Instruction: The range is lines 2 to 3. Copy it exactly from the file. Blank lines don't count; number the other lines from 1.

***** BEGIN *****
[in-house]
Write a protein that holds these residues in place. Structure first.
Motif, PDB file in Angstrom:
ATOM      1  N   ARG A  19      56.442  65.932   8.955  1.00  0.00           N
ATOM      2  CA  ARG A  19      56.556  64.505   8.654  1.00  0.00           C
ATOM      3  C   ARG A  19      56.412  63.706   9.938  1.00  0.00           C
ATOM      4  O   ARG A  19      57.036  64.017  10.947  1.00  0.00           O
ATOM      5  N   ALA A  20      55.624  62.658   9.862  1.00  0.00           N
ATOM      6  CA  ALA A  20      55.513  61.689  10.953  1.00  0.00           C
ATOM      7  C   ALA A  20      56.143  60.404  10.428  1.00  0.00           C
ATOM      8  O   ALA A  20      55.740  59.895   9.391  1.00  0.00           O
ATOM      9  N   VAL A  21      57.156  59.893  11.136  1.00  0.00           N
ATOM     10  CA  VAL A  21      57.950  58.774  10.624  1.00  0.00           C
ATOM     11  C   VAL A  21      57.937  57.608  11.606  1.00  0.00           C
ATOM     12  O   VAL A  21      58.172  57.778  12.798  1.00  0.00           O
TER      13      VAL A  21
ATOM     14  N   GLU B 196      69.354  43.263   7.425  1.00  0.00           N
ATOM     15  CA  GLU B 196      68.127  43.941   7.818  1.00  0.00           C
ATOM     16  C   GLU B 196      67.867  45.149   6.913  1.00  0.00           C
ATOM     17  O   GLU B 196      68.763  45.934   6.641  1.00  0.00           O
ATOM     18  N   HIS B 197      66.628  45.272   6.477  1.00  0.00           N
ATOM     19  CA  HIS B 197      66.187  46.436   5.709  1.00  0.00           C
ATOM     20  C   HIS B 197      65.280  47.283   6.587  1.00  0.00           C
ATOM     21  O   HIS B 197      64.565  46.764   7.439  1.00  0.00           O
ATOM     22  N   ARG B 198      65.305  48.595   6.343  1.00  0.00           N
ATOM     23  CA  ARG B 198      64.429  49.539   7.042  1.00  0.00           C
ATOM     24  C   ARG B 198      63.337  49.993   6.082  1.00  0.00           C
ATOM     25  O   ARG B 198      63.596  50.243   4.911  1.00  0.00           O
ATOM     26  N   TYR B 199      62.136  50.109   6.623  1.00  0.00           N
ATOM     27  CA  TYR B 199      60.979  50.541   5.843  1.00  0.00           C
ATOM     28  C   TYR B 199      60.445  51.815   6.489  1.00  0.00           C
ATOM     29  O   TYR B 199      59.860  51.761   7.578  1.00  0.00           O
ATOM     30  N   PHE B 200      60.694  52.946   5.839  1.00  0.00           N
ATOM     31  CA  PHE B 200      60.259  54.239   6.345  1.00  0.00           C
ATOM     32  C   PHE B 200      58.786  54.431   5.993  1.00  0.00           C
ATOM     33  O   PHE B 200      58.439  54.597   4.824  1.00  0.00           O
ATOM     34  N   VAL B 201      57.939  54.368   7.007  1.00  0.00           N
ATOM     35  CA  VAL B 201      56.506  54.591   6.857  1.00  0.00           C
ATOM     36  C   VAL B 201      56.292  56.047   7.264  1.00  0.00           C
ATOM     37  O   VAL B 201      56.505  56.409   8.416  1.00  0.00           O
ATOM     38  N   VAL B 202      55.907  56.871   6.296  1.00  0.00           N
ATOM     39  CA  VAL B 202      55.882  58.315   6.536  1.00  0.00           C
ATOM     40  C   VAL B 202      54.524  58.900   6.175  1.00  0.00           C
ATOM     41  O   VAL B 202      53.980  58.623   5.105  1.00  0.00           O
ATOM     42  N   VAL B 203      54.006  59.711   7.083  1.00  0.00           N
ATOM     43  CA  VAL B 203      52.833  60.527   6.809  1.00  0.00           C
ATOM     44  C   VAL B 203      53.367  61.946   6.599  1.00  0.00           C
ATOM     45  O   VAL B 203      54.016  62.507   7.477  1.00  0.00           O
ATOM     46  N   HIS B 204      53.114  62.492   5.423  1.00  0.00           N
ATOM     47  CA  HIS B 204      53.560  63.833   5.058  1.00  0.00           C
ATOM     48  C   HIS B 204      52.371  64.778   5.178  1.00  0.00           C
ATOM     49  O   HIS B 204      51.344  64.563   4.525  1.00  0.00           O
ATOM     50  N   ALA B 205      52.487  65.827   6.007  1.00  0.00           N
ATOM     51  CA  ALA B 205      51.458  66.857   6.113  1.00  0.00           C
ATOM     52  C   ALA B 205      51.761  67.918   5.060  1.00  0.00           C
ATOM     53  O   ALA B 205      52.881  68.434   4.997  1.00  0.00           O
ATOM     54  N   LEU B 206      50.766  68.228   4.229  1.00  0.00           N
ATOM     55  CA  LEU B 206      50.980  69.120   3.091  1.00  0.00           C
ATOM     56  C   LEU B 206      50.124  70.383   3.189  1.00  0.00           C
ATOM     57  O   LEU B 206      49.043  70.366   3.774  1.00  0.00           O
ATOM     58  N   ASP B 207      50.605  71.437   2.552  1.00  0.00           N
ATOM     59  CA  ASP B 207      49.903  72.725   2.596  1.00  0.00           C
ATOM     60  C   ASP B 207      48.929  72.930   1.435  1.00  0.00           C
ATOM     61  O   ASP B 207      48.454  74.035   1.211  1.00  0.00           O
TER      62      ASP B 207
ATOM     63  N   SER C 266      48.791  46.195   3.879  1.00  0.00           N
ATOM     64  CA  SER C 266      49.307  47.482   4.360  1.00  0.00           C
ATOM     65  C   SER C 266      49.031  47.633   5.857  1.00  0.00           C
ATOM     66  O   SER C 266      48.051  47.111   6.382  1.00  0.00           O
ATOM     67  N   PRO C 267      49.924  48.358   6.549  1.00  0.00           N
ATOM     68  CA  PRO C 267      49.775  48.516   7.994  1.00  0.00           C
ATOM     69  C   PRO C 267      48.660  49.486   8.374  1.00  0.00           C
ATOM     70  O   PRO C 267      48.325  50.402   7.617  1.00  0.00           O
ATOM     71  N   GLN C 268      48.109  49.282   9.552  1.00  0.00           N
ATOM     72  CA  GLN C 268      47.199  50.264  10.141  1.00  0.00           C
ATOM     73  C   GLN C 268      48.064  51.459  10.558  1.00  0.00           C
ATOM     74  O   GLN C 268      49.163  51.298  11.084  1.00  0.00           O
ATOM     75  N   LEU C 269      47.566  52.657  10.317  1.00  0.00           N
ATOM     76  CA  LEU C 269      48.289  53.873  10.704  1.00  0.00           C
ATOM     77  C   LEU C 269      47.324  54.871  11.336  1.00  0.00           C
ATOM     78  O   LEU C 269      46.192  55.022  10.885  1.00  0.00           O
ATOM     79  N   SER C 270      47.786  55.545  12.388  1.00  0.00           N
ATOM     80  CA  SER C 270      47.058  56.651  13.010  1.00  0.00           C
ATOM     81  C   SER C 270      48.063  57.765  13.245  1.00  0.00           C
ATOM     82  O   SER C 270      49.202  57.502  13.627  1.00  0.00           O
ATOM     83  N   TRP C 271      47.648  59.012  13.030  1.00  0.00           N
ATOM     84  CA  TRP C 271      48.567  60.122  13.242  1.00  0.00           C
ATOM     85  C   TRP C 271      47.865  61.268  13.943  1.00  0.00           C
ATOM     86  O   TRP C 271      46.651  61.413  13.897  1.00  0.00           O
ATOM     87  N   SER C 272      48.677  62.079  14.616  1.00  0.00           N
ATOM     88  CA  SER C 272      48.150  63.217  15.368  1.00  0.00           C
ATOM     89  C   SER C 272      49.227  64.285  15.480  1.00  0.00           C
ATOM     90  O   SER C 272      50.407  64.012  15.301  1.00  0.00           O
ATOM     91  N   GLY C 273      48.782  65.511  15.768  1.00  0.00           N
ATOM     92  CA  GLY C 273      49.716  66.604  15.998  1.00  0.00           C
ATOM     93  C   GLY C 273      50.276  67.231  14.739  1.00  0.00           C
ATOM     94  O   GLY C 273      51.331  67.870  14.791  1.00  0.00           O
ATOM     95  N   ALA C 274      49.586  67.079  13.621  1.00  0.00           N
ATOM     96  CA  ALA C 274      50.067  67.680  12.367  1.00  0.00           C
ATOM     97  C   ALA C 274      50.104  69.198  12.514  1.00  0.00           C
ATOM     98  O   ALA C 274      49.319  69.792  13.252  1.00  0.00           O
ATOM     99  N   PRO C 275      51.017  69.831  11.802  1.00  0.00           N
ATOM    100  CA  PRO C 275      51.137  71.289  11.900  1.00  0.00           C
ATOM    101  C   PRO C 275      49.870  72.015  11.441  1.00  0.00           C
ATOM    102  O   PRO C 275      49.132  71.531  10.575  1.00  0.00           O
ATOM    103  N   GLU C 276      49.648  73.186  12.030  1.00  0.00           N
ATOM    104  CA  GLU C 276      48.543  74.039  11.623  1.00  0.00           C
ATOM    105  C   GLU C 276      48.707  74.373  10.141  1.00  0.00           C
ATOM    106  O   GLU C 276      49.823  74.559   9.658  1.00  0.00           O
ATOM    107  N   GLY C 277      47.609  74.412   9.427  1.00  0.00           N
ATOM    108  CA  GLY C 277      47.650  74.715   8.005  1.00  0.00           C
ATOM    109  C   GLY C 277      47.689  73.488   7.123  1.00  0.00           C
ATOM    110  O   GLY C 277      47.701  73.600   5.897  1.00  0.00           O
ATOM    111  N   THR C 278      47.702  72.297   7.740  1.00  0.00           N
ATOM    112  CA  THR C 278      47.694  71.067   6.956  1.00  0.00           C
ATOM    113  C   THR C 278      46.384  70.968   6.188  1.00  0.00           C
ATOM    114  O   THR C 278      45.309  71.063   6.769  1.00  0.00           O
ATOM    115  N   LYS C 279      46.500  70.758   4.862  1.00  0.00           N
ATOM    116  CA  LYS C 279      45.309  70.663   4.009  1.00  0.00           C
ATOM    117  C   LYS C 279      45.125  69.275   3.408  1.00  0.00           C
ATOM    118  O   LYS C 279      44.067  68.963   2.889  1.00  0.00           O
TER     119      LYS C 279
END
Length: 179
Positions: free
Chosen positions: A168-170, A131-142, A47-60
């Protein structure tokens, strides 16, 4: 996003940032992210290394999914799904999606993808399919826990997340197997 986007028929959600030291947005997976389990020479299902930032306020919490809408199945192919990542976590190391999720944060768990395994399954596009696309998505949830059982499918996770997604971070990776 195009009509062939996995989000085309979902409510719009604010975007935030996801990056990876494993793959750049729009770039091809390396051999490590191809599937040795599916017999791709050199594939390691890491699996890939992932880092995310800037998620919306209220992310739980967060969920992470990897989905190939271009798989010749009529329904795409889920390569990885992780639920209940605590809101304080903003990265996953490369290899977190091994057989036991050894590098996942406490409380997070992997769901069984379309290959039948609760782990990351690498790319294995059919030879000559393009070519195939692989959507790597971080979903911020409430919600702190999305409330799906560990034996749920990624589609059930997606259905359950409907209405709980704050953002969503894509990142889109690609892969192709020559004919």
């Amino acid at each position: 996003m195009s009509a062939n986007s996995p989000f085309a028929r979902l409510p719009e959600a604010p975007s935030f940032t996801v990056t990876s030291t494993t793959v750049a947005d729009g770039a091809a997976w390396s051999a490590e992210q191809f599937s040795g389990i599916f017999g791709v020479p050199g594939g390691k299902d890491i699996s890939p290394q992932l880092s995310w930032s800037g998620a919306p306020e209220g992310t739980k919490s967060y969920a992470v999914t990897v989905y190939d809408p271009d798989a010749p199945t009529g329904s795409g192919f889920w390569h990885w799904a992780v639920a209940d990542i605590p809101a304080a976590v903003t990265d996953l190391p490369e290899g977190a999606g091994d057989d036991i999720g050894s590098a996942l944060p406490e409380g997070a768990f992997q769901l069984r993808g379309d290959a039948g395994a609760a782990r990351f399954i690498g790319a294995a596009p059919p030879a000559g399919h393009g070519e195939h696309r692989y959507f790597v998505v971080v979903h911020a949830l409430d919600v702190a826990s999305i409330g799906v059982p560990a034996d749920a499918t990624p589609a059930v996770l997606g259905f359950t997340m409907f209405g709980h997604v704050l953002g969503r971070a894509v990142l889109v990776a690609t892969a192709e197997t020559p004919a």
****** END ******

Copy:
Write a protein that holds these residues in place. Structure first.
Motif, PDB file in Angstrom: